Not only does the measles, mumps, and rubella vaccine not raise the risk of autism in children, but it doesn't even raise the likelihood of autism in children at a higher risk of the disorder.
Parental concern over the potential health risks of vaccines seems to have risen sharply in recent years. The notion that measles, mumps, and rubella (MMR) shots could lead to autism in children has swayed many to prevent their kids from getting vaccines — but a new study aims to end these concerns once and for all.
This latest study, headed by Danish researchers and published in the Annals of Internal Medicine journal, examined 657,461 children born in Denmark between 1999 and 2010 including 6,517 kids who were diagnosed with autism.
The study found that there is no link between autism and the MMR vaccine even in those children who have a higher risk of developing the disorder.
“Parents should not skip the vaccine out of fear for autism,” said the lead author of the study, Dr. Anders Hviid of the Statens Serum Institute in Copenhagen. “The dangers of not vaccinating includes a resurgence in measles which we are seeing signs of today in the form of outbreaks.”
To his point, anti-vaxxers have been a leading cause behind the measles outbreaks across North America in recent weeks. Most recently, a Vancouver father who chose not to vaccinate his children instigated a measles outbreak that spread through three separate schools in the area.
Furthermore, the study found that the five percent of kids who weren’t vaccinated were 17 percent more likely to be diagnosed with autism than those who were vaccinated.
“The study strongly supports that MMR vaccination does not increase the risk for autism, does not trigger autism in susceptible children, and is not associated with clustering of autism cases after vaccination,” the paper concluded.
Indeed, even kids with autistic siblings who were seven times more likely to be diagnosed with the disorder than those without a family history of it were not at a higher likelihood of being diagnosed with autism after they were vaccinated.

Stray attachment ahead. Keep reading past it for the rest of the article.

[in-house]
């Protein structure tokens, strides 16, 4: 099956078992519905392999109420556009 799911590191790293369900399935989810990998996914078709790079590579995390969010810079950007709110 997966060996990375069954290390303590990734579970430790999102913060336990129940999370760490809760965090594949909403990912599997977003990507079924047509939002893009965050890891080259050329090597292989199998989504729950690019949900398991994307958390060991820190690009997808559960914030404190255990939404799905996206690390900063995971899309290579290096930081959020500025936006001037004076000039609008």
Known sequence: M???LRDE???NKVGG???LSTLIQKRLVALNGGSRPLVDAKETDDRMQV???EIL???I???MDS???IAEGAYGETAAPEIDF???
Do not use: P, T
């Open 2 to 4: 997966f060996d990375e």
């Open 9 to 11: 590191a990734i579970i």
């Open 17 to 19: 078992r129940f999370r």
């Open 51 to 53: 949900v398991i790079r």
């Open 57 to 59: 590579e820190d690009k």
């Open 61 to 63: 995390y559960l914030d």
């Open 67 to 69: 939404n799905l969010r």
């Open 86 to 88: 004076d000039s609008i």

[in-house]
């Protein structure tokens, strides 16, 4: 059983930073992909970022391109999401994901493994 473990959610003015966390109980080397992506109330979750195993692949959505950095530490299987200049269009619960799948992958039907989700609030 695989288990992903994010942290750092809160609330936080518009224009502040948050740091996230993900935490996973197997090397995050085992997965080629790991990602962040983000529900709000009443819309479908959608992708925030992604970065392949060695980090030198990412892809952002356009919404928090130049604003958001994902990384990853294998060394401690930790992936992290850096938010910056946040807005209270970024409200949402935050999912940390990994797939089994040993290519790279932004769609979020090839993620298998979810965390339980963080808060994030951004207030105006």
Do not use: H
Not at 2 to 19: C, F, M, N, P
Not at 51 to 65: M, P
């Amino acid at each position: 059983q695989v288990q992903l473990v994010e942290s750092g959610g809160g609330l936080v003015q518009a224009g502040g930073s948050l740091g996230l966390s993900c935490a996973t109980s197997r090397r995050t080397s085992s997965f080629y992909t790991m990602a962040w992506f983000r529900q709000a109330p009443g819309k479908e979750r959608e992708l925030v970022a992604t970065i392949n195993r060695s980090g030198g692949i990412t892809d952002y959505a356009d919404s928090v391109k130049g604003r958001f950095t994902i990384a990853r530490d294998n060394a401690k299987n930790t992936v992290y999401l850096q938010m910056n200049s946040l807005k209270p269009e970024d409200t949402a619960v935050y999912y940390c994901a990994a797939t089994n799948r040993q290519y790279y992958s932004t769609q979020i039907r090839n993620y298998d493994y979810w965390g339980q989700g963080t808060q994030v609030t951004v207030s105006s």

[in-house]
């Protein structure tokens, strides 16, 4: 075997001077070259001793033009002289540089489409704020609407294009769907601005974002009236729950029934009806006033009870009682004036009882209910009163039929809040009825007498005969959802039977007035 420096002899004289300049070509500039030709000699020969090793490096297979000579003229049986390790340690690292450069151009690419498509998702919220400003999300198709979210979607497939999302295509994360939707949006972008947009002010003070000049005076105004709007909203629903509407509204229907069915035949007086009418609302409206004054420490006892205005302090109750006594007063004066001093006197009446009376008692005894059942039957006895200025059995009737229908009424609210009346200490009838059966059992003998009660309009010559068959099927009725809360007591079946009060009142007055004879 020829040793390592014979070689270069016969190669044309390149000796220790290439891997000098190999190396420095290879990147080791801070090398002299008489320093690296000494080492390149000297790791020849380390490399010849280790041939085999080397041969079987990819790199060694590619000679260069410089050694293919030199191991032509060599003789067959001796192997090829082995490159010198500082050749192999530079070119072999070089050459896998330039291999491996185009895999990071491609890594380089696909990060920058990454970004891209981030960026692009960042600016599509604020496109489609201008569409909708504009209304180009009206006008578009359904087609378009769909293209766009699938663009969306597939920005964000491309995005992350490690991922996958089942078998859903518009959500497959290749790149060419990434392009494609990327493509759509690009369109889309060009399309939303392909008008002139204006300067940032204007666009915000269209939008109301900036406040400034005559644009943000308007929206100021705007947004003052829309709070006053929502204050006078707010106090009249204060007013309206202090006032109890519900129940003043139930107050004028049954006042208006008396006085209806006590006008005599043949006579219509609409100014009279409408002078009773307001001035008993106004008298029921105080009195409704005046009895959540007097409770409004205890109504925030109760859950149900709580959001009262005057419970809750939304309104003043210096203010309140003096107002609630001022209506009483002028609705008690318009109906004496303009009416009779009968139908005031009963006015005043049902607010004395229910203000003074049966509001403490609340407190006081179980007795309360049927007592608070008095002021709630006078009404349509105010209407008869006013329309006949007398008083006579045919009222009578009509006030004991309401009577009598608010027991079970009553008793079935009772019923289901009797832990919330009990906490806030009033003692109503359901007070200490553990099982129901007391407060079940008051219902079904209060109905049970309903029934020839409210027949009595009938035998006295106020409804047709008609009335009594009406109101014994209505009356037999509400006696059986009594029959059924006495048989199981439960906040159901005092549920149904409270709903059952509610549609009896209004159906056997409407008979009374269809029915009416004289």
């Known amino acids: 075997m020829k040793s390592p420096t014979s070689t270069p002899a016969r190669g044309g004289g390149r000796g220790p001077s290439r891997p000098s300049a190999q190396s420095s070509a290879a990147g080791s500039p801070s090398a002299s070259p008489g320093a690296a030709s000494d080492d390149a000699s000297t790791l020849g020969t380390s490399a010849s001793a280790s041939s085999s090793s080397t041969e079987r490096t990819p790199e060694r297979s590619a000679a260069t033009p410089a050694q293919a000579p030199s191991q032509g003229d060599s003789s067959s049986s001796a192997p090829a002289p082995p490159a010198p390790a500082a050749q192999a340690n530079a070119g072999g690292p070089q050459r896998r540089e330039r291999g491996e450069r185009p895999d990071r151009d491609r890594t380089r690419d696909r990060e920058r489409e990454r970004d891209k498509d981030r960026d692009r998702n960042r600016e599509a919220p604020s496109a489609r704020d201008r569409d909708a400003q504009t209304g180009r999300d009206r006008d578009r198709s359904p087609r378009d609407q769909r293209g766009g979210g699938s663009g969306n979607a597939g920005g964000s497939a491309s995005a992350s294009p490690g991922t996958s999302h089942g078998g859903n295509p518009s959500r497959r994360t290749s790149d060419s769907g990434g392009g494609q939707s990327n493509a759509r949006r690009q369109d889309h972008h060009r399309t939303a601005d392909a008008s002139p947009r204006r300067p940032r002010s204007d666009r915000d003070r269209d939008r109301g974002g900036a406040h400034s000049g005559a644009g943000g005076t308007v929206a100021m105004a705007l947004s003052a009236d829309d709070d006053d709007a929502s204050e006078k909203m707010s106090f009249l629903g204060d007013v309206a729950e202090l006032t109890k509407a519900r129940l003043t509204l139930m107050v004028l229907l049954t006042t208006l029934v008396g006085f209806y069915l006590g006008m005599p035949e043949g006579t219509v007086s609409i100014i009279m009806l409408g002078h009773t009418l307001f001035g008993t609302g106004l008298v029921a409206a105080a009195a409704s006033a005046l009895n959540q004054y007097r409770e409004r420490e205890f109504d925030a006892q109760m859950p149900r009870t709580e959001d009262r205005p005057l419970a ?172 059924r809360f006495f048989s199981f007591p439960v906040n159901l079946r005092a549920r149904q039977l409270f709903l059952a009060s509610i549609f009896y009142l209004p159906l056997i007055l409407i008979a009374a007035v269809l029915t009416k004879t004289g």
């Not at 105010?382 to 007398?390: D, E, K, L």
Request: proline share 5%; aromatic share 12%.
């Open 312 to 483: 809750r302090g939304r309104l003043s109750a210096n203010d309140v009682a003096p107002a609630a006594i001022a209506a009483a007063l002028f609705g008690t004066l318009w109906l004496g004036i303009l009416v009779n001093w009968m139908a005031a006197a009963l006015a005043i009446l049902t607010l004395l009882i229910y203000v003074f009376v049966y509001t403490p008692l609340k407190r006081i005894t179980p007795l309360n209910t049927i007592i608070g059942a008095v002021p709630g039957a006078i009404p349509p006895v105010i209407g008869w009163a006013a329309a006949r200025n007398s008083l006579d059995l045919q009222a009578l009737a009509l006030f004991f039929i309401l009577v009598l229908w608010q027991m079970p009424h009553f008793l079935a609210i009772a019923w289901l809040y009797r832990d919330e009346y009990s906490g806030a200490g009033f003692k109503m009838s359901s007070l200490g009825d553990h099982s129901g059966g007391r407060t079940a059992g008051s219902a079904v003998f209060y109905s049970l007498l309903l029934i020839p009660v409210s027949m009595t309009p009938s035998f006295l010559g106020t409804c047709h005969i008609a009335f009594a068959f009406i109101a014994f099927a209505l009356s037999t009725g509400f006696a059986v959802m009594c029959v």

Measles, a contagious virus that can result in pneumonia, and encephalitis which is an inflammation of the brain, and in some cases even death, can be spread after its visible symptoms disappear. The virus is also capable of living on surfaces an infected person coughed or sneezed on for up to two hours.
The paper claimed that a mere five percent reduction of MMR vaccines could triple the total cases of measles in a community.
Most importantly, the research team was adamant that this study wasn’t intended to disprove the alleged correlation between the MMR vaccine and autism, but that this research merely suggests the widely-held belief that vaccines increase the risk for the spectrum disorder are scientifically unfounded.
The paranoia of parents, the paper suggested, may also have its roots in the fact that vaccines are recommended during the same timeframe that autism usually presents itself — in early childhood, between one to six years of age. This, of course, doesn’t prove causality, though it can certainly appear so.
Some have traced the paranoia back to a 1998 paper that claimed there was a direct connection between the spectrum disorder and the medical vaccine standards preventing the breakout of diseases. That paper was ultimately retracted, NBC reported — yet doubts continued to linger.
“Any myth should be clearly labeled as such,” said Dr. Saad Omer of Emory University in Atlanta, the co-author of an editorial accompanying the study. “Even in the face of substantial and increasing evidence against an MMR-autism association, the discussion around the potential link has contributed to vaccine hesitancy.”